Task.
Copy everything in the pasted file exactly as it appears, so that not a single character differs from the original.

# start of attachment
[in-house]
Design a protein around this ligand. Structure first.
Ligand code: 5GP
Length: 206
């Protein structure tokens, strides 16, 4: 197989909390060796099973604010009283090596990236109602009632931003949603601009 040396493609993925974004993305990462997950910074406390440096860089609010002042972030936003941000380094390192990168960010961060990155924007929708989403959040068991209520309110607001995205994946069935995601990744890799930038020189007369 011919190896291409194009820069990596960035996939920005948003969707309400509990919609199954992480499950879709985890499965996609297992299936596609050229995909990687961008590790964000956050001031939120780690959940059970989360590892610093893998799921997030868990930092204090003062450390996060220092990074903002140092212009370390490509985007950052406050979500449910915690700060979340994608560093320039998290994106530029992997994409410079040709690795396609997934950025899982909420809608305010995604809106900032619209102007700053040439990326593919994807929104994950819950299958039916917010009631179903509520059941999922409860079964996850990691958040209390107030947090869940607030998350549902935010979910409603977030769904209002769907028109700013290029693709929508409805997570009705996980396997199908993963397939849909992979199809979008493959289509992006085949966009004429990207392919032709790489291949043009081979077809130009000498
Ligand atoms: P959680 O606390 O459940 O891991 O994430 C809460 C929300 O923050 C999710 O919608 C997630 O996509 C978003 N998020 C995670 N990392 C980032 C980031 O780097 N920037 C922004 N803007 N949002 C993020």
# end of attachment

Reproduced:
[in-house]
Design a protein around this ligand. Structure first.
Ligand code: 5GP
Length: 206
């Protein structure tokens, strides 16, 4: 197989909390060796099973604010009283090596990236109602009632931003949603601009 040396493609993925974004993305990462997950910074406390440096860089609010002042972030936003941000380094390192990168960010961060990155924007929708989403959040068991209520309110607001995205994946069935995601990744890799930038020189007369 011919190896291409194009820069990596960035996939920005948003969707309400509990919609199954992480499950879709985890499965996609297992299936596609050229995909990687961008590790964000956050001031939120780690959940059970989360590892610093893998799921997030868990930092204090003062450390996060220092990074903002140092212009370390490509985007950052406050979500449910915690700060979340994608560093320039998290994106530029992997994409410079040709690795396609997934950025899982909420809608305010995604809106900032619209102007700053040439990326593919994807929104994950819950299958039916917010009631179903509520059941999922409860079964996850990691958040209390107030947090869940607030998350549902935010979910409603977030769904209002769907028109700013290029693709929508409805997570009705996980396997199908993963397939849909992979199809979008493959289509992006085949966009004429990207392919032709790489291949043009081979077809130009000498
Ligand atoms: P959680 O606390 O459940 O891991 O994430 C809460 C929300 O923050 C999710 O919608 C997630 O996509 C978003 N998020 C995670 N990392 C980032 C980031 O780097 N920037 C922004 N803007 N949002 C993020």